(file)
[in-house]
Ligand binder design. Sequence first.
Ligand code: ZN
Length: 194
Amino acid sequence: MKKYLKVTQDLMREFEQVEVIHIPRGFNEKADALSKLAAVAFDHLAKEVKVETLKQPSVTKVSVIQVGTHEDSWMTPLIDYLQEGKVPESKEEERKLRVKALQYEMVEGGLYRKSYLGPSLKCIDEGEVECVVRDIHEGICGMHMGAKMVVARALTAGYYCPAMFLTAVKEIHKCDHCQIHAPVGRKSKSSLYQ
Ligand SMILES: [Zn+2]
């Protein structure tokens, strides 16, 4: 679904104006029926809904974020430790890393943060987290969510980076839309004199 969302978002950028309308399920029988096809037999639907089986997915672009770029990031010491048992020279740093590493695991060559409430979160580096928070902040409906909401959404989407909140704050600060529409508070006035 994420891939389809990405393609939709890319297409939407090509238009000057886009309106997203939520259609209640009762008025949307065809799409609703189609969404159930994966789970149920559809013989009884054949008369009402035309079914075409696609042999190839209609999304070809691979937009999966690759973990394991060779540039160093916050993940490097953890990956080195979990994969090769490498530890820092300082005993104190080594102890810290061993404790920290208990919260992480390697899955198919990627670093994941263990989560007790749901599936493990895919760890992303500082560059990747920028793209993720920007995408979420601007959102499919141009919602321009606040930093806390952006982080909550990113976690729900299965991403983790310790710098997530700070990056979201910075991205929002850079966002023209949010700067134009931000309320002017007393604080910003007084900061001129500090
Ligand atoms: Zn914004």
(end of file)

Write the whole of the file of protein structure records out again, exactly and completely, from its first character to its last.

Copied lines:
[in-house]
Ligand binder design. Sequence first.
Ligand code: ZN
Length: 194
Amino acid sequence: MKKYLKVTQDLMREFEQVEVIHIPRGFNEKADALSKLAAVAFDHLAKEVKVETLKQPSVTKVSVIQVGTHEDSWMTPLIDYLQEGKVPESKEEERKLRVKALQYEMVEGGLYRKSYLGPSLKCIDEGEVECVVRDIHEGICGMHMGAKMVVARALTAGYYCPAMFLTAVKEIHKCDHCQIHAPVGRKSKSSLYQ
Ligand SMILES: [Zn+2]
């Protein structure tokens, strides 16, 4: 679904104006029926809904974020430790890393943060987290969510980076839309004199 969302978002950028309308399920029988096809037999639907089986997915672009770029990031010491048992020279740093590493695991060559409430979160580096928070902040409906909401959404989407909140704050600060529409508070006035 994420891939389809990405393609939709890319297409939407090509238009000057886009309106997203939520259609209640009762008025949307065809799409609703189609969404159930994966789970149920559809013989009884054949008369009402035309079914075409696609042999190839209609999304070809691979937009999966690759973990394991060779540039160093916050993940490097953890990956080195979990994969090769490498530890820092300082005993104190080594102890810290061993404790920290208990919260992480390697899955198919990627670093994941263990989560007790749901599936493990895919760890992303500082560059990747920028793209993720920007995408979420601007959102499919141009919602321009606040930093806390952006982080909550990113976690729900299965991403983790310790710098997530700070990056979201910075991205929002850079966002023209949010700067134009931000309320002017007393604080910003007084900061001129500090
Ligand atoms: Zn914004």